Youth Ministry in an Era of Over-Parenting

Youth workers know what it is to watch parents and youth participate in multiple other activities. Most families have limited time and space for youth ministry activities or youth group. Often parent(s) (and youth) express desire to participate, but say they have no time. A parent might even say, “Sorry, we haven’t gotten her to youth group in the last six months, it’s just that gymnastics is kind of her thing; it’s really who she is.” This can be frustrating for youth workers. Some respond by contending that youth ministry needs to up the commitment level and move higher up the ranking of things. In this presentation we’ll together explore how this approach can’t work, because the decisions parents and young people make exist inside very deep conceptions of what makes for a good life. In a time of limited time and unlimited options, youth ministry can’t—and I’ll show, shouldn’t—compete in ranking of important activities. Youth ministry should not be just another thing (like basketball, violin, or debate club). Instead, we should turn toward story to reimagine what youth ministry can be for.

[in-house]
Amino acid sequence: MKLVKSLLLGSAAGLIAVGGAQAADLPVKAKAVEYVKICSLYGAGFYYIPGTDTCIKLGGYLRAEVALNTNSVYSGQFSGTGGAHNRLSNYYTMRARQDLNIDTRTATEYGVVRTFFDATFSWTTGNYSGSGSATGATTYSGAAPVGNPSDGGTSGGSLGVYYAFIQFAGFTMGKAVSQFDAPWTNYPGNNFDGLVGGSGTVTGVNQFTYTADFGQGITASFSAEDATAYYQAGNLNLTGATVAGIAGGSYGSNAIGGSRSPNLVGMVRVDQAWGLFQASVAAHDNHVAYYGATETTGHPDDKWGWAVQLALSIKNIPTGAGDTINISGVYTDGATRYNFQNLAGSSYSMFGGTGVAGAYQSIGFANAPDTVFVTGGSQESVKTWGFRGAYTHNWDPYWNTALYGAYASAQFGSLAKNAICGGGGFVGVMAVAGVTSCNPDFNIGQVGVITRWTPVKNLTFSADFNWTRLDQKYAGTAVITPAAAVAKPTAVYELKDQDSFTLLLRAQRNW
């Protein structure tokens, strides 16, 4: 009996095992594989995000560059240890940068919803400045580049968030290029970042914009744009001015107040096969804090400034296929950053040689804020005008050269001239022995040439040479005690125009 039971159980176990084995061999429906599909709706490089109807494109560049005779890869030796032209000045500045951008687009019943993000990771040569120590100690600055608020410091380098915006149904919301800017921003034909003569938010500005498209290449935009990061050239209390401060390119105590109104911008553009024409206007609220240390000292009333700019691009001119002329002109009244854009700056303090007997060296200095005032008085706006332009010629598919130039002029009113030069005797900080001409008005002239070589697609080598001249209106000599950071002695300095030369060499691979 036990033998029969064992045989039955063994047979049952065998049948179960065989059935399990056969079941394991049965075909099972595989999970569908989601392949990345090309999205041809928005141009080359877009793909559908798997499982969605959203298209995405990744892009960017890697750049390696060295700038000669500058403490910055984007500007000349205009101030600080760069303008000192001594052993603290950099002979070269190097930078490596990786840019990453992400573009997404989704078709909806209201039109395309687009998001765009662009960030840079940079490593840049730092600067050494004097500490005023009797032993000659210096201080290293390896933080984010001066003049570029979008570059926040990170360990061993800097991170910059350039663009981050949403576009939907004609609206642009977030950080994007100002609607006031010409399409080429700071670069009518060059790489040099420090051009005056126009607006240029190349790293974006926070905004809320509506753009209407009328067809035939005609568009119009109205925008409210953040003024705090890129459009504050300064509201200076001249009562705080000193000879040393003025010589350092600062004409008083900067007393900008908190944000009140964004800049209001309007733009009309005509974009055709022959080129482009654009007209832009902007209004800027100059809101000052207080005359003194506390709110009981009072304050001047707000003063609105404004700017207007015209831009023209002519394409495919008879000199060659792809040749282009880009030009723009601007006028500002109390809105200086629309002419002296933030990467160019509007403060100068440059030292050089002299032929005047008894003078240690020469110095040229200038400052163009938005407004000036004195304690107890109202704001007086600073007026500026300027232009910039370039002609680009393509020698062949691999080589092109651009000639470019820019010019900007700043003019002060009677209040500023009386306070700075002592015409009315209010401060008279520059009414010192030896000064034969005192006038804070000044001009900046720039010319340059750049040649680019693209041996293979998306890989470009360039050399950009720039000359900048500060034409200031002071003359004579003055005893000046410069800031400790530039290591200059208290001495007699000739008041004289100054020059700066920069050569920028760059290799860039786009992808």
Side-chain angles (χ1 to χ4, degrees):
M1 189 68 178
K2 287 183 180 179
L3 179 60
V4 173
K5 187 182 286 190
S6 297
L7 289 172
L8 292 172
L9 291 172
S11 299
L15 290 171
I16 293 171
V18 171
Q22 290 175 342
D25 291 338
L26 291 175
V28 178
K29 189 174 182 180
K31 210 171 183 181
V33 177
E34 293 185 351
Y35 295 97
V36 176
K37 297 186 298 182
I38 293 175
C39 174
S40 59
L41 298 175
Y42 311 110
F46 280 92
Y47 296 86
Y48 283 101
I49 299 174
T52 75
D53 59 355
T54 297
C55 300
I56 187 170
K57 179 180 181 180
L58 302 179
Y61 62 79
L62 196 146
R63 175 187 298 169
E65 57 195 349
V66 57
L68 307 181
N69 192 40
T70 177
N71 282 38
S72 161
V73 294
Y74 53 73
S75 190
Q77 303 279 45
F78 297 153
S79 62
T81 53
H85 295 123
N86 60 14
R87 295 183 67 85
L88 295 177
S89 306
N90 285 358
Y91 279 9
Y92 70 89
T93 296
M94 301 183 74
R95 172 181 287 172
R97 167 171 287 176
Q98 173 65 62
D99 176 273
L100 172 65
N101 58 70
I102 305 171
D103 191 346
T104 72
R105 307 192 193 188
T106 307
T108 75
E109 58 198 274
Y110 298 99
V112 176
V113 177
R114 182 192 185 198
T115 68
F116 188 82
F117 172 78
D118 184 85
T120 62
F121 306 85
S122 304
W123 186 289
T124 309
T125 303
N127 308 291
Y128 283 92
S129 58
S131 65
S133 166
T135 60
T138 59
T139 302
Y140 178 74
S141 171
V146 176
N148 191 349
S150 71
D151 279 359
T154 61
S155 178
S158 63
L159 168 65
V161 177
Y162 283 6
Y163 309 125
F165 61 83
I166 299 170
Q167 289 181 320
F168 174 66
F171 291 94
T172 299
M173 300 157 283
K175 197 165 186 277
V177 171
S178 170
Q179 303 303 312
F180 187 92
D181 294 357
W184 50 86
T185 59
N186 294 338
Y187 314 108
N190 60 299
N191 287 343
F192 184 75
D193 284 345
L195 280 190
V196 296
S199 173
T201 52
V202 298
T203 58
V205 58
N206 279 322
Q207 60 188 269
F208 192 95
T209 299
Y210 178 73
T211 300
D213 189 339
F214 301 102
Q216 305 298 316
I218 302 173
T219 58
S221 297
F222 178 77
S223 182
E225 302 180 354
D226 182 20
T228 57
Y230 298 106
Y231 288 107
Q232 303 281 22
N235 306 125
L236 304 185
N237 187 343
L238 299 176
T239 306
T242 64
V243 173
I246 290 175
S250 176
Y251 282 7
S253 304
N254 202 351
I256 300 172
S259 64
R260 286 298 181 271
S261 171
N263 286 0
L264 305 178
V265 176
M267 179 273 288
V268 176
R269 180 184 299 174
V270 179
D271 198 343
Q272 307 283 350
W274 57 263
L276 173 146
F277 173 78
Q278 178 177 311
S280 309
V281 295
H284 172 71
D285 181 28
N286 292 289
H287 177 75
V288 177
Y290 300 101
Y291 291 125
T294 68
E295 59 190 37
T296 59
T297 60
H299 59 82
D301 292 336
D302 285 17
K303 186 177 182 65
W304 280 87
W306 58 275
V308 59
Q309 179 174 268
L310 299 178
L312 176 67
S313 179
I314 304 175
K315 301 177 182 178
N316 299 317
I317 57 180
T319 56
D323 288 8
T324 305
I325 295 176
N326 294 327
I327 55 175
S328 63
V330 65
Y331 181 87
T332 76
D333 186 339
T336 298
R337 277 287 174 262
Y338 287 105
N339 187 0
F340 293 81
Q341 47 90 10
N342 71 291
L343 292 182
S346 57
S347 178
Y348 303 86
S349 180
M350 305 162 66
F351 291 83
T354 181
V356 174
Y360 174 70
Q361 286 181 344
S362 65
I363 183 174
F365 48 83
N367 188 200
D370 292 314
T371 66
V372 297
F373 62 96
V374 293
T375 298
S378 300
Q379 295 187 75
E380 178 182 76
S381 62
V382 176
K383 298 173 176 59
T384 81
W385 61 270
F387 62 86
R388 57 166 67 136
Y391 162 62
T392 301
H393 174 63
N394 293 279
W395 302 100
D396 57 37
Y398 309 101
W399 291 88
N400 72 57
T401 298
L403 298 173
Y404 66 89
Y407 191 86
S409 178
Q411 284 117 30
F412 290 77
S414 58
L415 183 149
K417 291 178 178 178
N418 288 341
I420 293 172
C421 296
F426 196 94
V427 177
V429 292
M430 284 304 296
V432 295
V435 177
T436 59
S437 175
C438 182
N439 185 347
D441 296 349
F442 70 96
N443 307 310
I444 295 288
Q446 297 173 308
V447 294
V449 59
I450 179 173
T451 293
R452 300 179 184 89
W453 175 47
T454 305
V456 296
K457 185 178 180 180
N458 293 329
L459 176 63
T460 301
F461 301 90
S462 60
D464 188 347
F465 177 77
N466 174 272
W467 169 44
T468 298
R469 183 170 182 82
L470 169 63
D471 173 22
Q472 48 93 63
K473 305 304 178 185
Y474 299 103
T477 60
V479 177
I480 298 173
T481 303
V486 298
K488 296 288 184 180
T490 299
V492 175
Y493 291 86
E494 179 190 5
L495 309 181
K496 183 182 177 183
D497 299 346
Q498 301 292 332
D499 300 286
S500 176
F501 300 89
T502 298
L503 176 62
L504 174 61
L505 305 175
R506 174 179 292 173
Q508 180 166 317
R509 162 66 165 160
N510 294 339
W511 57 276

Dr. Andy Root Andrew Root

Dr. Andrew Root is the Carrie Olson Baalson Associate Professor of Youth and Family Ministry at Luther Seminary, USA. He writes and researches in areas of theology and youth ministry. His most recent books are The Grace of Dogs (Convergent, 2017), Faith Formation in a Secular Age (Baker, 2017), and Exploding Stars, Dead Dinosaurs, and Zombies: Youth Ministry in the Age of Science (Fortress Press, 2018).